John, thanks for the Simpsons post; I really enjoyed it. I ranked these about a year ago. When Jeff and I re-watch them (whether he wants to or not), I'll probably provide an update.
1. The Wizard of Evergreen Terrace
2. They Saved Lisa's Brain
3. Homer to the Max
4. Lisa Gets an A
5. Make Room for Lisa
6. Lard of the Dance
7. Maximum Homerdrive
8. Wild Barts Can't Be Broken
9. Homer Simpson in: Kidney Trouble
10. Mayored to the Mob
11. Bart the Mother
12. Treehouse of Horror IX
13. Monty Can't Buy Me Love
14. Simpsons Bible Stories
15. Marge Simpson in: Screaming Yellow Honkers
16. The Old Man and the "C" Student
17. Viva Ned Flanders
18. Sunday, Cruddy Sunday
19. I'm with Cupid
20. When You Dish Upon a Star
21. Mom and Pop Art
22. Thirty Minutes Over Tokyo
23. D'oh-in the Wind
I agree with a lot the comments you made. The third act of the Treehouse of Horror episode is unbearable. Thankfully Jerry Springer references/jokes are mostly extinct now.
We seem to differ a bit on D'oh-in the Wind. Ha, I think I would like to hear more about your hatred of the 60s. I don't hate hippies, but I hate that episode so much because the jokes are terrible and the story is so extremely stupid...a shame, given George Carlin's involvement. Were the 60s a golden age? Musically, yes. Otherwise, nah. I'm sorry to disappoint my fans, but I'm not a big advocate of psychedelics and free love. But I suppose it's better than an age in which credit default swaps are apparently legal and go unpunished. Really, there's no such thing as a golden age...as Woody Allen brilliantly points out in Midnight In Paris (haha, I just had to add that).
I figured you would enjoy Homer Simpson in "Kidney Trouble." I want to repeat that I feel you and the episode's writer, John Swartzwelder, would get along very well. You have the same first name; there is little photographic proof of either of your existences, and you both enjoy Westerns. Swartzwelder also wrote the season 13 episode "The Lastest Gun in the West," which you'd love if you haven't seen it. Also, he has written a few novels - Double Wonderful being a western. I recommend it, though I have to admit that I've never read it myself and it's probably only available on amazon; I don't think any library would have it. Recommendations are best when they're free. Sorry.
On the animal/vegetarianism stuff - right, I figured that's what you meant, but I really did want to go on record and state that I'm not a vegetarian. When I joined film club, I told everyone that Jeff and I are very similar. Given that and my pro-PETA/anti-factory farm statements, I thought it was important to be clear. Didn't mean to suggest that my response was somehow "got'cha journalism" - I only save that stuff for Sarah Palin.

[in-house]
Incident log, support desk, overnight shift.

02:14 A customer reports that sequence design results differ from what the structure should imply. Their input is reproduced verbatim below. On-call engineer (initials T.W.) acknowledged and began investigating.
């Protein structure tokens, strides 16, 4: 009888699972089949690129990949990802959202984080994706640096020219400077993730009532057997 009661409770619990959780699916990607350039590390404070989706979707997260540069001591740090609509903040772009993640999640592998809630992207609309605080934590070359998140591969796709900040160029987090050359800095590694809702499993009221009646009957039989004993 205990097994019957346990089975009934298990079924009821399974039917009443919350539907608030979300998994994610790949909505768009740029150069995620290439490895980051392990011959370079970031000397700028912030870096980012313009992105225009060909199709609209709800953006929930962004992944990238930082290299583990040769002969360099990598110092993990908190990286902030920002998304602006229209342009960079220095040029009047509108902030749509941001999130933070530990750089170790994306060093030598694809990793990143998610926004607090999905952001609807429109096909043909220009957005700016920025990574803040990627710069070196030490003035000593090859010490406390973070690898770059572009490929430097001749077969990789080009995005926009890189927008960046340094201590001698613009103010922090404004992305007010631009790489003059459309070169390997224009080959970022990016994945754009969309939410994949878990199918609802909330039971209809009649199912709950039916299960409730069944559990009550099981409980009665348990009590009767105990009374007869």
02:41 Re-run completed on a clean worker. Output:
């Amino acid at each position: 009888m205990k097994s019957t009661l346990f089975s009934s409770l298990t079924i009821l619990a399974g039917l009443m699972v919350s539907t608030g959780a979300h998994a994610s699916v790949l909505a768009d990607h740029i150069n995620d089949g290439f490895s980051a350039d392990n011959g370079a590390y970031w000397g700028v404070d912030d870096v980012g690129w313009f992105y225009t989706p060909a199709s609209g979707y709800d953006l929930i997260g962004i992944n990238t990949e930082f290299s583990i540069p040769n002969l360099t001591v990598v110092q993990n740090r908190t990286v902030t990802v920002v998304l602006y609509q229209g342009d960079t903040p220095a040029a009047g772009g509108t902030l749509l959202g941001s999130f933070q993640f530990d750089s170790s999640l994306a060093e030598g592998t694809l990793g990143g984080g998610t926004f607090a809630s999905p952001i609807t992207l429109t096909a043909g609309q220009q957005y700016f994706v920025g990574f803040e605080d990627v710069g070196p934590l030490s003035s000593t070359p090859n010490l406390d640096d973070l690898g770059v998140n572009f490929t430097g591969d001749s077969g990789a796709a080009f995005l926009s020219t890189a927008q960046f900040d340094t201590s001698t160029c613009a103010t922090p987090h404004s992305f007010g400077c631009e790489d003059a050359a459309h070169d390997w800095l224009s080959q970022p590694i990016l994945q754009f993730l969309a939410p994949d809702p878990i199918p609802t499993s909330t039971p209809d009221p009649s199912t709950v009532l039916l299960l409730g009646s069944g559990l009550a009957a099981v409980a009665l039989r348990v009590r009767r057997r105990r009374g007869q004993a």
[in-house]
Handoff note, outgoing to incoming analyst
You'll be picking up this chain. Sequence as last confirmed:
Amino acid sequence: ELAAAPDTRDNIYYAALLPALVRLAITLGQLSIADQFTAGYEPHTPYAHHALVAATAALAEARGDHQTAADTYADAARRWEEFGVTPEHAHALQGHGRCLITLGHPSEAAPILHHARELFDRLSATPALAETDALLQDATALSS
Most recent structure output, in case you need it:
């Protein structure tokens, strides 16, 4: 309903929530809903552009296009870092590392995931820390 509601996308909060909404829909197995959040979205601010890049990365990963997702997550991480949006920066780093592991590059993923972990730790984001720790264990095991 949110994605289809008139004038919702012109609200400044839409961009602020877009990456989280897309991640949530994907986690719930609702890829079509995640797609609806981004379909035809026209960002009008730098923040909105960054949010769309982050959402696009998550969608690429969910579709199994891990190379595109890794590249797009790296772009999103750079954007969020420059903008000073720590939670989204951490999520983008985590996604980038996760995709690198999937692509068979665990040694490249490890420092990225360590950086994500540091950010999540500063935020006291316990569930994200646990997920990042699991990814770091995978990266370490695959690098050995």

I definitely understand why my stance on animal vs. human abuse in film is strange. It sounds a little strange even to me. And by that I mean that I don't fully understand why I can watch De Niro be shot to death in Heat (spoiler alert) but if someone runs over a dog in a movie, I feel like shit.
I guess it's partly to do with the pet idea. People love dogs and other domesticated animals; dog is man's best friend, they say. Jeff and I grew up with our beagle (named him Lucky because we were heavily influenced by 101 Dalmatians during mid-90s). Now we have a cat and even though she's slightly evil, I love her and wouldn't want anything bad to happen to her. Animals are also like babies. They're cute and amusing. I don't think we'd want to watch babies be harmed in a movie.
A great example of cats being thrown around by their tails is in Monty Python and the Holy Grail. Obviously it's done comedically, but it's done nonetheless and I don't have a problem with it. On the other hand, there's an episode of Game of Thrones in which a lance goes straight through a knight's mask - impaling and killing him - no problems. In that very same episode, another knight (who loses, but lives) gets so pissed off that he chops his horse's head off. Silly and over the top - certainly...but it still rubbed me the wrong way. And yet, I recommend the show to everyone I know and will continue to watch it. But that shot was unnecessary, in my opinion, even though I know that it was all computerized.
Film is simulation, and actors choose to be in film. They read the script beforehand and they know what they're getting into. If I see a guy on screen getting his scrotum removed by a butter knife I will look away in disgust and disapproval (reading it is another thing...haha, nicely done). But at the end of the day, I know that it was fake and the actor knew what was happening. Animals are forced into it (not cruelly or anything), even though they've been trained to act and do their part. I'm not saying that animals shouldn't be in films (keep those Air Bud movies a-comin'!) but that's something that many people don't consider. If a stunt man is hurt, it's part of the job and he/she receives treatment, payment, and his/her name is in the credits. If a horse's leg accidentally breaks during a shoot, it can only receive medical treatment.
But I don't know that any animals are harmed in movies or television at all anymore, and so I won't chain myself to the gate of a movie studio and demand that someone puts a stop to it. I can't say that I care about the issue too much, but obviously I do to an extent. I do hope some of this made sense. If not, let me know. I do enjoy talking about this stuff.